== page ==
The generation of femtosecond structured light beams for super-resolution volumetric biomedical imaging applications

Supervisor: Professor David Richardson

Co-supervisor: Dr Di Lin

Applications of femtosecond and picosecond pulse lasers lie at the forefront of laser research. Nowadays, the use of ultrafast lasers is becoming increasingly widespread in bio-sciences and industry alike. The existing market for ultrafast lasers remains dominated by solid-state lasers, primarily Ti:sapphire crystal based systems. However, recent advances show routes to ultrafast fibre sources that provide performance and capabilities equal to, and in some cases beyond, those of Ti:sapphire in compact, versatile, low-cost implementations.

Fibre lasers are particularly suitable for high average power operation thanks to their excellent heat dissipation characteristics. However, confining short pulses within a fibre core leads to high intensities that can cause severe nonlinear effects that compromise pulse quality. For a long time, the primary challenge to achieving high peak power was indeed management of nonlinearity in the fibre core. Over the past decade, this challenge has been met with several technological breakthroughs. In particular, new forms of pulse evolution that can take place in normal dispersion fiber, now provide a means of better tolerating high nonlinearity.

This PhD project will develop a revolutionary new generation of femtosecond fibre laser capable of delivering high energy and high peak power femtosecond pulses. A primary focus will be to generate these pulses in beams with complex spatial structure. Such exotic beams are required for new biomedical imaging modalities that can exploit the temporal and spatial properties of these beams, e.g. to achieve higher imaging resolution and/or chemical specificity as needed for disease diagnosis, and for the development of new pharmaceuticals. The project will exploit newly developed fibres made both at the Optoelectronics Research Centre (ORC) and their external collaborators, including collaborators in the Institute for Life Sciences at Southampton, to significantly advance the current state-of-the-art.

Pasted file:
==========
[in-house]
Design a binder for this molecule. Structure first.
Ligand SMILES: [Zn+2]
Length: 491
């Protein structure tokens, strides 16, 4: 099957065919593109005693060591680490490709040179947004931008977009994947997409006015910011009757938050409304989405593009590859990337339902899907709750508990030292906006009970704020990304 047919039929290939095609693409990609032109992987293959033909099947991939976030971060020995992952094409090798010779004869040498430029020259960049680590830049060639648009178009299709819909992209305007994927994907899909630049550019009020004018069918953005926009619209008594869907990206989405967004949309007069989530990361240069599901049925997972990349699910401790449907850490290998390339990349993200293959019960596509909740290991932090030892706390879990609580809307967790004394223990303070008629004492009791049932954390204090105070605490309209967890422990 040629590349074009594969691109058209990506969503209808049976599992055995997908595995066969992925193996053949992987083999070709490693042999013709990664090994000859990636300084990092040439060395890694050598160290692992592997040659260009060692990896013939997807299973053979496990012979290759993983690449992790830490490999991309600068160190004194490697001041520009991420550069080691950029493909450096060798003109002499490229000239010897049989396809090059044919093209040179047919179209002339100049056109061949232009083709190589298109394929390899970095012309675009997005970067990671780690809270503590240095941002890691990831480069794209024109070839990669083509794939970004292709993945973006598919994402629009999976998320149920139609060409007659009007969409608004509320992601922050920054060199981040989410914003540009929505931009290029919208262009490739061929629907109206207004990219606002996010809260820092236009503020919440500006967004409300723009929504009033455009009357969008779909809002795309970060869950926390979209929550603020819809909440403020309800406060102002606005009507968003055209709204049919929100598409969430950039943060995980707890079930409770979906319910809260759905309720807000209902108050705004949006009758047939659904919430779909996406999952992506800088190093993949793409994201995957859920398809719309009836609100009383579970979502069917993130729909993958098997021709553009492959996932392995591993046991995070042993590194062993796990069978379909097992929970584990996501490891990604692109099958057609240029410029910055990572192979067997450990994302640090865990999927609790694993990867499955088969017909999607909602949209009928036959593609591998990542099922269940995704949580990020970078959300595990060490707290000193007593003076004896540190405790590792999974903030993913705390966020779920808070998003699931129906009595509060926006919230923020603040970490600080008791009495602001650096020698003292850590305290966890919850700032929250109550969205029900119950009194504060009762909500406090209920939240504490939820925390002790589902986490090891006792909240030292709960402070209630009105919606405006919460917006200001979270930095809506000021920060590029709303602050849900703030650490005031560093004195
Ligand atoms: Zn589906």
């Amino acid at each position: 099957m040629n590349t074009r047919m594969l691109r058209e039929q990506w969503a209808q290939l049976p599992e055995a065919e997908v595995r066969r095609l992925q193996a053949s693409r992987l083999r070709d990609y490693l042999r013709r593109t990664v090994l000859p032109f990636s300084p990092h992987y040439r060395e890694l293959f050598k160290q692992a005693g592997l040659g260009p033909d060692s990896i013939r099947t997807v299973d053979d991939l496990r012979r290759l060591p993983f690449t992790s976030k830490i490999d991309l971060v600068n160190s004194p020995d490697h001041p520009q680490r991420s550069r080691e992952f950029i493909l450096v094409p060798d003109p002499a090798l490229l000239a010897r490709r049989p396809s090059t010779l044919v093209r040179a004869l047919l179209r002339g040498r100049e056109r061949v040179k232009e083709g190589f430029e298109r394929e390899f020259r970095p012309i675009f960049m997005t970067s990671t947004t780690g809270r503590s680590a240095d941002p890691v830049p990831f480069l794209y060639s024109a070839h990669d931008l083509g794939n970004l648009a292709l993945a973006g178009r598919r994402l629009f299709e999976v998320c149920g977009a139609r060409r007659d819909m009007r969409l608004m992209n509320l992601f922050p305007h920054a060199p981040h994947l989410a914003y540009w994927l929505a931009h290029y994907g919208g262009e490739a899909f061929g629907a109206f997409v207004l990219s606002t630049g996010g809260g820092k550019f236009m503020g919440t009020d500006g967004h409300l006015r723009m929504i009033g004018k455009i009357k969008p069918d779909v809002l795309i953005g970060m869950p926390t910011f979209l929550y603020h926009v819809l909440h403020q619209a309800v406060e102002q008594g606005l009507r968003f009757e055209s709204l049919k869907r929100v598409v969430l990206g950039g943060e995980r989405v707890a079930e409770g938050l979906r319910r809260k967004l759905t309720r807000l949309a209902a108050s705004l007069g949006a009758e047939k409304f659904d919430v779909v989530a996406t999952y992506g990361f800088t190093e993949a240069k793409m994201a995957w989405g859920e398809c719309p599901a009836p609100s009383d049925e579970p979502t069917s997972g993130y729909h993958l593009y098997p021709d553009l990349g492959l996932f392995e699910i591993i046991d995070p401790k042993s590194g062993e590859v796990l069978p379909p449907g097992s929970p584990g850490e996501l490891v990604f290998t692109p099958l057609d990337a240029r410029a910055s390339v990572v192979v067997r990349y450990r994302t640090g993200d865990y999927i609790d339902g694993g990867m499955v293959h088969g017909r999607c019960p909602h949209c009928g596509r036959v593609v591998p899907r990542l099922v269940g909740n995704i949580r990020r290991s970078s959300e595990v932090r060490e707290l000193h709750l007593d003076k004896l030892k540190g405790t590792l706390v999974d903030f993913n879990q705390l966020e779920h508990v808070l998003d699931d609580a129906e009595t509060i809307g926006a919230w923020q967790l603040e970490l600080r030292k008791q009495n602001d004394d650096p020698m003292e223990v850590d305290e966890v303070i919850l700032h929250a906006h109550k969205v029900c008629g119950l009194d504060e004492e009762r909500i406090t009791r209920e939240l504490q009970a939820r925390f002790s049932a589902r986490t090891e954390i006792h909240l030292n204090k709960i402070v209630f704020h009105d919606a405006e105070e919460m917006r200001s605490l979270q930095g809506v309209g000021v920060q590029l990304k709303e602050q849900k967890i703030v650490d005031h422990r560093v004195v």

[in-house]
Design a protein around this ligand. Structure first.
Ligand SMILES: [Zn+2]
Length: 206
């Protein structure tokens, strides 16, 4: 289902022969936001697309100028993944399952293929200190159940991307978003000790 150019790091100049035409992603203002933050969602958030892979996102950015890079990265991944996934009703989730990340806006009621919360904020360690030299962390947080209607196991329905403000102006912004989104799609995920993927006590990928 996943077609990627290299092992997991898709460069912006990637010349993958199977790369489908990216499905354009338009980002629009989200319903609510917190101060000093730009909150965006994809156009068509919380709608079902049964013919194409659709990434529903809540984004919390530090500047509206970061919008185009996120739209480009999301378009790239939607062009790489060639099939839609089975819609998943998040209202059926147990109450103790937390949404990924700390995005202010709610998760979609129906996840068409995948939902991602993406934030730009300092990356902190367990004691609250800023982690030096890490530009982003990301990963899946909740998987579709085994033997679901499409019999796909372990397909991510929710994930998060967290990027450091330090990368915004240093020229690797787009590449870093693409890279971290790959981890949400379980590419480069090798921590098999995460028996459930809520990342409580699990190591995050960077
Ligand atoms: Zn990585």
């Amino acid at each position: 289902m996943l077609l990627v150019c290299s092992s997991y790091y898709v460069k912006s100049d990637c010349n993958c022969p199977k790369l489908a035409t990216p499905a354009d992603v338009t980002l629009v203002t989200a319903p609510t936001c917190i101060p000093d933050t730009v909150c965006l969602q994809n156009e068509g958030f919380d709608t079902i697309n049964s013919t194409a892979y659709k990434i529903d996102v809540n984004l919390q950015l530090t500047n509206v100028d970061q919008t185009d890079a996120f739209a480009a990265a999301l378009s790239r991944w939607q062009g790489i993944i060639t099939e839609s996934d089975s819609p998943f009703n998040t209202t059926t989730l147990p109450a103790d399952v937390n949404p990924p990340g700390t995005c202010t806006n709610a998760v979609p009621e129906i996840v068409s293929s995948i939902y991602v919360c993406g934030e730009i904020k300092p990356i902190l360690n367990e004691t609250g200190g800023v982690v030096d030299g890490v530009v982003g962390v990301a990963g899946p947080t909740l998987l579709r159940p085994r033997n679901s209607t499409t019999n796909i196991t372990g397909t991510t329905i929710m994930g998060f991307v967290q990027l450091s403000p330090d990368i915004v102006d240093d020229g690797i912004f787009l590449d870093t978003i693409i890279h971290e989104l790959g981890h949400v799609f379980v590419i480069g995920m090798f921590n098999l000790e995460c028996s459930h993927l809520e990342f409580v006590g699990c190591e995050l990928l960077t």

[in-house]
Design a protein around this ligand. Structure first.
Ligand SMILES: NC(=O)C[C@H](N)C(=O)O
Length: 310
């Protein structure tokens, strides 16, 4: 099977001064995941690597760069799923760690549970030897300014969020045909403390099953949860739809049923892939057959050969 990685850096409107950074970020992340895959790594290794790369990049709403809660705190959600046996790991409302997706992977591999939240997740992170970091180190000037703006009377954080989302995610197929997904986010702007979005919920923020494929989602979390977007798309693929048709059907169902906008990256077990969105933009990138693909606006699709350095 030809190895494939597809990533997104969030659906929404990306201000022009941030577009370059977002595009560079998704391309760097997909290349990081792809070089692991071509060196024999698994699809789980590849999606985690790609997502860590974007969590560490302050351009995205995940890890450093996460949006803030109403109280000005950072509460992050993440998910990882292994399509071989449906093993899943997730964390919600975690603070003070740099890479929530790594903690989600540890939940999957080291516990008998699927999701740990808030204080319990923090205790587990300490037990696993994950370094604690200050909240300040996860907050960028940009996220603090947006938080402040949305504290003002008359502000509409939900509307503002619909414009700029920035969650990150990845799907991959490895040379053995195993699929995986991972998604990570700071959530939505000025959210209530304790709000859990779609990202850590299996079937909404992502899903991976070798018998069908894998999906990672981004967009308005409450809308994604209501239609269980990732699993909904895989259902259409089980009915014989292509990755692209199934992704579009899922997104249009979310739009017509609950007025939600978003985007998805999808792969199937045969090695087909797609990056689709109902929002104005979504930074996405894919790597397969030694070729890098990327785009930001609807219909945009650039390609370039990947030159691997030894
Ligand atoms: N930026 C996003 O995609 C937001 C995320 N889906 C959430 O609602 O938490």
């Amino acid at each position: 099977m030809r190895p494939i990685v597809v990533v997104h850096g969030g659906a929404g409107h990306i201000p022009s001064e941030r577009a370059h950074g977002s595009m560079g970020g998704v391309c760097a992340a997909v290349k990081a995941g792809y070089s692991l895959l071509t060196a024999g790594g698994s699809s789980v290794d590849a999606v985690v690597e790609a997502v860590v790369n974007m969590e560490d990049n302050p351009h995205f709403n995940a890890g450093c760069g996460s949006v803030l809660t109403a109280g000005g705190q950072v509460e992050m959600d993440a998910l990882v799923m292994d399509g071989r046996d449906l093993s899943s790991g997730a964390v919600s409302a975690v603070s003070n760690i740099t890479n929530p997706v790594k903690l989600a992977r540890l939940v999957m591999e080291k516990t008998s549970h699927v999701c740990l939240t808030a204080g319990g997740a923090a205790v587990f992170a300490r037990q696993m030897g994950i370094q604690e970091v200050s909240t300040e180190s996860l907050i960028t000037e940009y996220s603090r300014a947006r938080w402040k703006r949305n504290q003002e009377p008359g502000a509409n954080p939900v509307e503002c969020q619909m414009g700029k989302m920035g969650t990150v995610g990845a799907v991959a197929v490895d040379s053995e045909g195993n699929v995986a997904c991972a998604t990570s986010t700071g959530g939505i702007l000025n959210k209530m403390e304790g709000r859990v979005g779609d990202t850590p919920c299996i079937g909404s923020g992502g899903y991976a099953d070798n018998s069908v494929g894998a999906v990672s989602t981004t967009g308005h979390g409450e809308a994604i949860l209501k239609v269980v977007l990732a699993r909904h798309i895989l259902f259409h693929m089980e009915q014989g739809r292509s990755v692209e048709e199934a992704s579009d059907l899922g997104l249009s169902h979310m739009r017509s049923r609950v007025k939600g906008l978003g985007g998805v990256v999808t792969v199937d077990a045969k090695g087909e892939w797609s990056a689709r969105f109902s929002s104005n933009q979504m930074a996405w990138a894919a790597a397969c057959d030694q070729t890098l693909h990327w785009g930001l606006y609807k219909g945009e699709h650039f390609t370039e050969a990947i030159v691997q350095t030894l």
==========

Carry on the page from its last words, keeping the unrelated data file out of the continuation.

We are looking for applicants with a background in physics, material sciences or engineering to develop the technology needed to support future bio-sciences. There is ample scope for an ambitious student to emerge as world-leading scientist with an exceptional grounding as a potential research leader.

To discuss any details of the project or arrange a visit, please contact Professor David Richardson ( and Dr Di Lin (

Fibre laser based mid infrared sources and their applications

Supervisor: Professor David Richardson 

Co-supervisor: Dr Lin Xu and Dr Sijing Liang

The mid-infrared (mid-IR) spectral region of 2-20μm contains strong characteristic vibrational transitions of many important molecules and incorporates the atmospheric transmission window, which makes it crucial for applications in spectroscopy, materials processing, chemical and biomolecular sensing, security and environmental monitoring. However, this wavelength range is difficult to access directly using traditional laser materials and cavity implementations.

This project will involve the development of high power short pulse fibre lasers operating at conventional near-IR wavelengths (e.g. 1 and 2µm) and converting the wavelength of the output light to the mid-IR wavelengths using nonlinear optical effects in specially engineered crystals, and/or optical fibres. As an integral part of the £6m Airguide Photonics EPSRC programme grant ( and a collaborative £5M EPSRC Healthcare Technologies grant (, we will target both high-power laser operation providing a wide wavelength tuning range and a narrow spectral linewidth (that can be used to probe individual cells with high-resolution and with molecular specificity) and broadband supercontinuum sources with ultrahigh spectral power densities (that can be used to rapidly record the full absorption spectrum of biological samples without the need for laser tuning).

The project will create a world leading femto/pico-second pulsed fibre laser source as well as advanced nonlinear frequency conversion techniques, overcoming the technical challenges that currently limiting progress in the field. In broad terms, the work undertaken by the project student will combine experiments and simulations and will be directed to advancing both our understanding of lasers and nonlinear optics, as well as applications of mid-IR laser in medical imaging. The finer details of the project can be aligned to suit the preferences of the successful candidate. You will emerge as a high-achieving young scientist ready to embark on a strong career in this rapidly growing field.